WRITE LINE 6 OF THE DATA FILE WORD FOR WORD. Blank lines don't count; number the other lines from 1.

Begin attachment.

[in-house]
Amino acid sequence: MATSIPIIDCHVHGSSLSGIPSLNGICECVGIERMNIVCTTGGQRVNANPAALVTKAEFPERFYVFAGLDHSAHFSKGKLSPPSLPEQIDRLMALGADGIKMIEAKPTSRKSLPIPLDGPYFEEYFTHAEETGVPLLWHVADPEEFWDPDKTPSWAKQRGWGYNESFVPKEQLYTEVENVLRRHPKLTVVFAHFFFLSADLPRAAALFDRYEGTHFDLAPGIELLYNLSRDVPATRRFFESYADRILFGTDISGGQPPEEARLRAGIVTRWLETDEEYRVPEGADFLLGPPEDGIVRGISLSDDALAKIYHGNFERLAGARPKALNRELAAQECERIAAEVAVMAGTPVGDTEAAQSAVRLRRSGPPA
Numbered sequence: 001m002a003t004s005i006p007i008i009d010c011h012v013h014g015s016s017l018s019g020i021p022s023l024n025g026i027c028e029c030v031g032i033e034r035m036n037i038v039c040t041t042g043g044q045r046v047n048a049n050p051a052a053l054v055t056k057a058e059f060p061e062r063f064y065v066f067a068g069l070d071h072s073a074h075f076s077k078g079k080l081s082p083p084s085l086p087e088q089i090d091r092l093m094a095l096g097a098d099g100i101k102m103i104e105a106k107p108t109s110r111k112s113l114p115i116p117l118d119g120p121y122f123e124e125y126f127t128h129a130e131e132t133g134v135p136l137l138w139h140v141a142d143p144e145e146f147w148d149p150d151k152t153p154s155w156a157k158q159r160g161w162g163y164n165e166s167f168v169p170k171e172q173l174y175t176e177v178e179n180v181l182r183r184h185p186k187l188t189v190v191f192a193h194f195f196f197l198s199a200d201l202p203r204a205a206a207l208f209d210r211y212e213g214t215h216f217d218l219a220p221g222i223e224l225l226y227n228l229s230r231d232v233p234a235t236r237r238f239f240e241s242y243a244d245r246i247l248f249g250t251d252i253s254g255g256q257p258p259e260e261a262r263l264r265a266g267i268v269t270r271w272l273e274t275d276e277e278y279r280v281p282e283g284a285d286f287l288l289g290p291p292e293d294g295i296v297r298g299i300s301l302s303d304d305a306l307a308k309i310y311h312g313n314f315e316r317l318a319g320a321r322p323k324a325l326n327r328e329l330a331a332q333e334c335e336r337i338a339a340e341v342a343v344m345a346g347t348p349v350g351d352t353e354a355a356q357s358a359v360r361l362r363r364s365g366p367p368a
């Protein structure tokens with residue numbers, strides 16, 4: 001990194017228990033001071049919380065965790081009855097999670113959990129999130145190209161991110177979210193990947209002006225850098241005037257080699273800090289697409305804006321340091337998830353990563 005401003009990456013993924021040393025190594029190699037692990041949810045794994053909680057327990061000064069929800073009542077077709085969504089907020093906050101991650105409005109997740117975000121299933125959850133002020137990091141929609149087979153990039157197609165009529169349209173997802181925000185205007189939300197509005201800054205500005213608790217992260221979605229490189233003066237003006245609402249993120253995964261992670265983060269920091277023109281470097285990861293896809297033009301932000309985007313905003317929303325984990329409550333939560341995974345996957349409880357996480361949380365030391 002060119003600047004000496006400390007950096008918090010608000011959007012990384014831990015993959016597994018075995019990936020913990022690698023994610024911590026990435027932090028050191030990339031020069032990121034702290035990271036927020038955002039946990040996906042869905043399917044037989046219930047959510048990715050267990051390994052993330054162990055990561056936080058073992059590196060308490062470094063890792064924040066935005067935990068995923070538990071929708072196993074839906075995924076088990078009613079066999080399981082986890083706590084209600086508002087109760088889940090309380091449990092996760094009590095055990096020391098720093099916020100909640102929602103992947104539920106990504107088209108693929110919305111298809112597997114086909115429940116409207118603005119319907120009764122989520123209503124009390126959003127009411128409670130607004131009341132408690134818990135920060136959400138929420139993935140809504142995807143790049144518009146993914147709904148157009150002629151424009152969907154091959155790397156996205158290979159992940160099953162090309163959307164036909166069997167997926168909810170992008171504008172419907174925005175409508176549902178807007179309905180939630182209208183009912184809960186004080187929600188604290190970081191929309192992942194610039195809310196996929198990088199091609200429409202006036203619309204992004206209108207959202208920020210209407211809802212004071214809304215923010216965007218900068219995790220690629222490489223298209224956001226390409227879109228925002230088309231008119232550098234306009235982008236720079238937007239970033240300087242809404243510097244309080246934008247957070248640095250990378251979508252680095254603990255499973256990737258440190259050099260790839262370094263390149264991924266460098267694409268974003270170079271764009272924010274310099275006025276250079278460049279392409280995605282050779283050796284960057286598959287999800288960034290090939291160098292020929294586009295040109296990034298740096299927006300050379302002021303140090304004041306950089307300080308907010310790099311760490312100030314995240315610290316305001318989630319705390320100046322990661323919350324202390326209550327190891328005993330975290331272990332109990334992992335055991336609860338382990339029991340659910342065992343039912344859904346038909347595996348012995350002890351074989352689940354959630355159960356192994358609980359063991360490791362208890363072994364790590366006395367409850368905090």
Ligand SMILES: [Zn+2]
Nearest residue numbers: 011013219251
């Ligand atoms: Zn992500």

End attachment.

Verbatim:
Nearest residue numbers: 011013219251